From the Publisher: Showdown at Morro Bay

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Arnold G. York

We live in a very contentious time. People no longer just disagree with you — if you have a different view, they actually hate you. They challenge your DNA and your country of origin. They view you as evil and corrupt, and suspect that you have been paid off by the dark side. I used to think (being a good, slightly — some might argue with this — left of center Democrat) that what I just described was some slightly cretinous Tea Party member, from one of those less than average states that we fought in the long ago past.

Well, you can imagine my surprise when in a state as blue as California, with our education levels as high as they are, some of these same angry characters popped up in Morro Bay last week. They were all totally upset that the 12 members of the California Coastal Commission (CCC) were considering firing Executive Director Charles Lester. They looked into the future and saw the apocalypse. They saw the end of the Coastal Act and coastal protection, with miles of coastal land going to be given over to rapacious developers, ready to cover our beaches with condominiums.

I must admit I was puzzled — puzzled about why the commissioners were willing to take the heat they were about to take for making the change, and why the environmental organizations were willing to go all in into this battle and risk alienating the commissioners, some, I’m sure, permanently.

I started to snoop around as any columnist would and got all sorts of information, off the record, since few wanted to be quoted except the very angry. What also surprised me was that Lester is not some great polarizing figure and, in fact, is a rather bland environmental bureaucrat who speaks in a deliberate manner and hardly seems the kind of person to be at the center of a firestorm. So, you might wonder, how is it that several hundred enraged people gathered at the meeting?

First, what became apparent was that most of the commissioners wanted him out — several more than just those who voted against him. Lester was the most frustrating of executive directors. They counseled him on numerous occasions, spent 25 hours of time in review of his performance, agreed on memos and courses of action, had Lester’s buy-in and thought change was coming. Lester agreed to most everything, walked out of the room and little happened thereafter to the deep frustration of most of the commissioners.

Lester serves at the pleasure of the commission, and a number of commissioners began to wonder if he worked for them, or, somehow, he thought the commissioners worked for him. Over time, momentum built for change, enough so that they were willing to take the heat. Frankly, I was surprised because, in the final analysis, I thought the commissioners would buckle under and come up with some sort of mealy-mouthed, compromised statement and avoid the final showdown. They just must have really wanted that guy out.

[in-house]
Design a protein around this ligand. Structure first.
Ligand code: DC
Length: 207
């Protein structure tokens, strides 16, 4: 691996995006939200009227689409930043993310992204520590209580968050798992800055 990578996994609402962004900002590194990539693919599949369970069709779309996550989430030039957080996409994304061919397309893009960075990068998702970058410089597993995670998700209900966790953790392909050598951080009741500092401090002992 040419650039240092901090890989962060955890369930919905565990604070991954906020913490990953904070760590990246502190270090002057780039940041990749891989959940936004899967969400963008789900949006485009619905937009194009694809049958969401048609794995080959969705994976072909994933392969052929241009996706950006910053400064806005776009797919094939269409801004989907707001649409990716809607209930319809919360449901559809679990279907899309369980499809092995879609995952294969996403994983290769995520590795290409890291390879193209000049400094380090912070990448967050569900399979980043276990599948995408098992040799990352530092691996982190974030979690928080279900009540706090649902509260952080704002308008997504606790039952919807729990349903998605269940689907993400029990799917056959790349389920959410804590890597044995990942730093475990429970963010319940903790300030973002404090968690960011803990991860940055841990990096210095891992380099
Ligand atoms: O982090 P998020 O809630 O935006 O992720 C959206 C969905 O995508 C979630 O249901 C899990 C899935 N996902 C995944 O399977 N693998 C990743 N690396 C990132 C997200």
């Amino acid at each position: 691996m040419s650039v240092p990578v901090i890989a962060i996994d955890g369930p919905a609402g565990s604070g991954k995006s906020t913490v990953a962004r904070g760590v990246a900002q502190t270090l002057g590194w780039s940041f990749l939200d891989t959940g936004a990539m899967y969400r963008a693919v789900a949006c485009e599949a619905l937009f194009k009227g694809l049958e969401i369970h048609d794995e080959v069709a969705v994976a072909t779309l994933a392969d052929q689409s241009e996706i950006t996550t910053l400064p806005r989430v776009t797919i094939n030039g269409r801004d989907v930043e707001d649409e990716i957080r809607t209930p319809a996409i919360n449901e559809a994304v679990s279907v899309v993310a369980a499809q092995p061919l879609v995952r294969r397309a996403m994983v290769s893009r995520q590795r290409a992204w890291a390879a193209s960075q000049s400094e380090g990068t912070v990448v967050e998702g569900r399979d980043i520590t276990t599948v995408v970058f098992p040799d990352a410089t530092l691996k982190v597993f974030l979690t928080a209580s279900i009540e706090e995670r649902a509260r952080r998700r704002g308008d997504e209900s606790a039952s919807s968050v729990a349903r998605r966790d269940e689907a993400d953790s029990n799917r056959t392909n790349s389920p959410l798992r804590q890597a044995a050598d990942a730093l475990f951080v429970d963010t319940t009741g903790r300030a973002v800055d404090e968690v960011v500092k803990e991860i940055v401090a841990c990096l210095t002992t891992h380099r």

The more difficult question is why did the environmental groups decide to go to the mat on this one? Maybe they just believed, as I did, if they just leaned on the commissioners hard enough, they would give in, and it would then be clear to the commissioners who was in charge of the coastal environment in California — that is, not them, but the environmental groups. Maybe they drew the wrong lesson for what raw power could do.

Once before, the coastal commissioners tried to dump the executive director, except the executive director at that time was Peter Douglas. He was a coastal icon and one of the creators of the CCC. The attack by the appointees of Republican Governor Pete Wilson and a Republican speaker Curt Pringle was an effort to reduce the power of the coastal commission itself — not just an attack on Douglas.

Now, there are 12 commissioners — all Democrats, all environmentalists, all previously vetted by environmental organizations — from all over the state, with four appointed by the governor, four by the speaker and four by the Senate. They are a very diverse group, but all are environmentalists, so why the battle? 

It would seem to me that many of the environmental groups just misplayed their hands. They assumed that with a relatively manipulatable press, the memberships of their various organizations making calls and sending emails, threats of political retribution against officeholders who balked, and a packed hearing room that they would win. Well, they were wrong, and now they need a recovery strategy.

What is pretty clear is that before, the environmental groups had back door access to the coastal commission decisions via the executive director and the staff. I suspect that many didn’t even bother much with the commissioners, but went around them directly to staff, which may be the reason Lester couldn’t or wouldn’t change anything. What I see happened is that commissioners took back their power from the executive director and the staff, and indirectly from many of the environmental groups who previously called the shots.

What was surprising in all of this was how malleable and one sided most of the press coverage was. Now I can understand Steve Lopez at the LA Times who appears to go through life in a perpetual snit, because I understand that most columnists, myself included, believe that God speaks to us all by putting ideas into our brains that then pass down via our nervous system into our fingers on the computer keyboard.

What I have difficulty with is the reportage, which was so one sided, shallow and editorial in verbiage that one could only believe that most of the older, experienced editors had grabbed those buyouts while there was still some money around to grab and left many younger reporters sadly unsupervised.